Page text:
Researchers in La Crosse and around the state are asking the public to help them spot dying freshwater mussels in local waterways, looking for more clues why the animal has been dying off in mass numbers in recent years.
The phenomenon has been happening for a number of years, people calling from all over the continent to report cases. More than 70% of freshwater mussels are threatened, endangered or vulnerable.
In Wisconsin, there are more than 50 species of freshwater mussels, and 39 species found along the Wisconsin portion of the Mississippi River alone. And recently, researchers discovered a novel virus in a mussel near La Crosse, indicating the phenomenon is happening in our own backyard, too.
But locating the mussel deaths are harder than expected.
"It isn't like fish, where when there's a fish mortality event, the fish die and they tend to float at the surface. Mussels, that doesn't really happen, so it's really difficult to spot them," said Eric Leis, a fish biologist with the La Crosse Fish Health Center.
Researchers most recently have been studying a massive die-off in the Clinch River in Virginia and Tennessee, where they discovered that about 80% of the pheasant shell mussel population had died off.
Leis called the event "alarming," because they couldn't figure out exactly what had caused the deaths.
"There wasn't really an explanation as to why the mussels were dying, and dying in such large numbers," he said.
The group of researchers — the University of Wisconsin-Madison, Upper Midwest Environmental Sciences Center, National Wildlife Health Center and the La Crosse Fish Health Center — were able to identify bacteria and 17 novel viruses in the morbid mussels.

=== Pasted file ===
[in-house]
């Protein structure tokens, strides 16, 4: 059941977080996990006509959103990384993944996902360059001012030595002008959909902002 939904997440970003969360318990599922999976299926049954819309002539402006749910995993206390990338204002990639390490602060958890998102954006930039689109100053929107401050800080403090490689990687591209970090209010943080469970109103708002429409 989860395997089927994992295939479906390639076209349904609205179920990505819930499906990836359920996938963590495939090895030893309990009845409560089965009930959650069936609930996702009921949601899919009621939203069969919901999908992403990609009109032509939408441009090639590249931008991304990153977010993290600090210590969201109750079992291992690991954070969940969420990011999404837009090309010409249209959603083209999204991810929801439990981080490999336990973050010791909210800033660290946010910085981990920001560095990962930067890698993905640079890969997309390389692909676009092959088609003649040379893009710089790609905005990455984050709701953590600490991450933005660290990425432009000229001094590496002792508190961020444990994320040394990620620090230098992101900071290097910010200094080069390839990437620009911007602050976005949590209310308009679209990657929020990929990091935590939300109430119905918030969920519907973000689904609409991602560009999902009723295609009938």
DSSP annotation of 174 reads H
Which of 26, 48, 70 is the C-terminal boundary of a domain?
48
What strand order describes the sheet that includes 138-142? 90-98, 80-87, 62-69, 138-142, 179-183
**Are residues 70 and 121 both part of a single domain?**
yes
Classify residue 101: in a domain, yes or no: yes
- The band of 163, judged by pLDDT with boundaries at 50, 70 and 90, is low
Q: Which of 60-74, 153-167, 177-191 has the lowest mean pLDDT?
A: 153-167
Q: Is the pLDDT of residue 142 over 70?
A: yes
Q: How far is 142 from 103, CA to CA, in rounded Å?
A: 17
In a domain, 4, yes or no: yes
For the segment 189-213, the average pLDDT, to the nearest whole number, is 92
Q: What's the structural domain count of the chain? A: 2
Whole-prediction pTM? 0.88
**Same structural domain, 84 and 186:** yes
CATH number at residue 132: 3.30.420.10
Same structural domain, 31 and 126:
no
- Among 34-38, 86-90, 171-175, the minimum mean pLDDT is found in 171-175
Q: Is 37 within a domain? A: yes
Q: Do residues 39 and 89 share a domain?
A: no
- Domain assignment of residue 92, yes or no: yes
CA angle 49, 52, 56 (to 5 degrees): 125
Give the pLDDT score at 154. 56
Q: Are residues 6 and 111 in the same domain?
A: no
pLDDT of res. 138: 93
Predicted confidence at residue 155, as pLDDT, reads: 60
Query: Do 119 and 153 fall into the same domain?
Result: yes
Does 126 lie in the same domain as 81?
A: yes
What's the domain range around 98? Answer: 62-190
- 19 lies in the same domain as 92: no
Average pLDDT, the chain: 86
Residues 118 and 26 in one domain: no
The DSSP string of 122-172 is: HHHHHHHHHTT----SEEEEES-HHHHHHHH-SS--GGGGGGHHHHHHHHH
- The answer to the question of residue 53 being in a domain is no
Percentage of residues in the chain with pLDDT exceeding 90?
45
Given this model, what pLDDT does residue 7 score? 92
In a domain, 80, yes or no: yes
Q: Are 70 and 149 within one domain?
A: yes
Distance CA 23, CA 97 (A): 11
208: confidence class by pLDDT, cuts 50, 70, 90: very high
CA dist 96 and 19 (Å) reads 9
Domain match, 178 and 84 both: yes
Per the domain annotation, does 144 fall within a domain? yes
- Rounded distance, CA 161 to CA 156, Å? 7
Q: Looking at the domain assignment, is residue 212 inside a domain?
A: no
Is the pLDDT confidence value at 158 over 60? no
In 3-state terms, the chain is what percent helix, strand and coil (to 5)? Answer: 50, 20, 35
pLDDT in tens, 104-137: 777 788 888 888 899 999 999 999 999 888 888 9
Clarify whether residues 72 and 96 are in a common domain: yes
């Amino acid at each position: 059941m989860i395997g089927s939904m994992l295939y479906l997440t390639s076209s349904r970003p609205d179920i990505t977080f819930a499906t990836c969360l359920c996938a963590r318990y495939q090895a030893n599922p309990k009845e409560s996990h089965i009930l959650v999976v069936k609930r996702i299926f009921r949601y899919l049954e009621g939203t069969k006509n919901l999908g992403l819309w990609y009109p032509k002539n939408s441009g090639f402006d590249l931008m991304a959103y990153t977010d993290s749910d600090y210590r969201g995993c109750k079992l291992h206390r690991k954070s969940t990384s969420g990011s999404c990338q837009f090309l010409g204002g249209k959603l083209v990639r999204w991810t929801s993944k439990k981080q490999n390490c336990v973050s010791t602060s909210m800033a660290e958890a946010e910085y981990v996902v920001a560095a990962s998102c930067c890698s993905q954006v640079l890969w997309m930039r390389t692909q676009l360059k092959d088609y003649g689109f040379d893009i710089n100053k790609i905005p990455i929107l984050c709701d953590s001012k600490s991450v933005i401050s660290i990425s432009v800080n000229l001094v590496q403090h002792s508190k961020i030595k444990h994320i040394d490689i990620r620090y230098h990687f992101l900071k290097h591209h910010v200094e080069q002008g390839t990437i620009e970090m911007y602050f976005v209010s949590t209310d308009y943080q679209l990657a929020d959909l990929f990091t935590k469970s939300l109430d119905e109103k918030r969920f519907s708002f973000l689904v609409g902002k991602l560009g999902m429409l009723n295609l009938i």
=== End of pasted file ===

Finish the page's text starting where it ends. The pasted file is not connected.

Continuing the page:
But it's still not the whole picture.
"We're still trying to sort out what that really means. The bacteria, it doesn't appear to be a pathogen as far as the actual cause to the mortality events," Leis said. Instead, the bacteria might be an indicator of a pollutant.
"The viruses may explain," some of it, Leis said, "but there's just likely other stressors that are present too, so the mussels might be stressed and eventually the virus is what gets them in the end."
To better understand, the groups of researchers are asking for the public's help in locating mussel mortality events while out on local waterways.
The fall is the best time to spot the events, Leis said, and mussels often hang out in shallow water near sandbars or shores of rivers.
"Mussels are incredibly diverse. North America is one of the most biodiverse locations for mussels in the world, so the mussels live in a wide variety of habitats. And really, it just amounts to people being in the right place at the right time," Leis said.
A mussel that is lying on its side, with a gaping, wide-open shell, or is unresponsive or does not react when you grab it, it's sick. Healthy mussels will typically be half buried in the sand and will close up tight when grabbed.
The mass deaths of the freshwater mussels serves as a reminder of just how critical they are to the entire ecosystem, Leis said.
Mussels are "nature's Brita Filter," and serve as a filtering system for the waterways, cleaning out bacteria, viruses and pollutants.
"I think anytime an animal that filters water is dying, I think everyone should be concerned," Leis said.
"There's implications in both directions," he continued. "If there is something in the water that's stressing them, obviously that should be a reason for concern. But then if those mussels aren't there to filter things out of the water, like bacteria, viruses and pollutants, if they're not there, that also impacts the ecosystem."
For example, fish and mussels often depend on each other in the environment, Leis saying "fish and mussels go hand-in-hand," noting that typically where there's a fishery, there is also a healthy mussel population.
"It's sad to see, you know? There's mussels dying, you don't really know why, and there's not really a good explanation," Leis said.
If you spot a mussel mortality event, you should contact researchers by emailing email@example.com or calling 608-783-8440.
"It isn't like fish, where when there's a fish mortality event, the fish die and they tend to float at the surface. Mussels, that doesn't really happen, so it's really difficult to spot them."
Eric Leis, a fish biologist with the La Crosse Fish Health Center.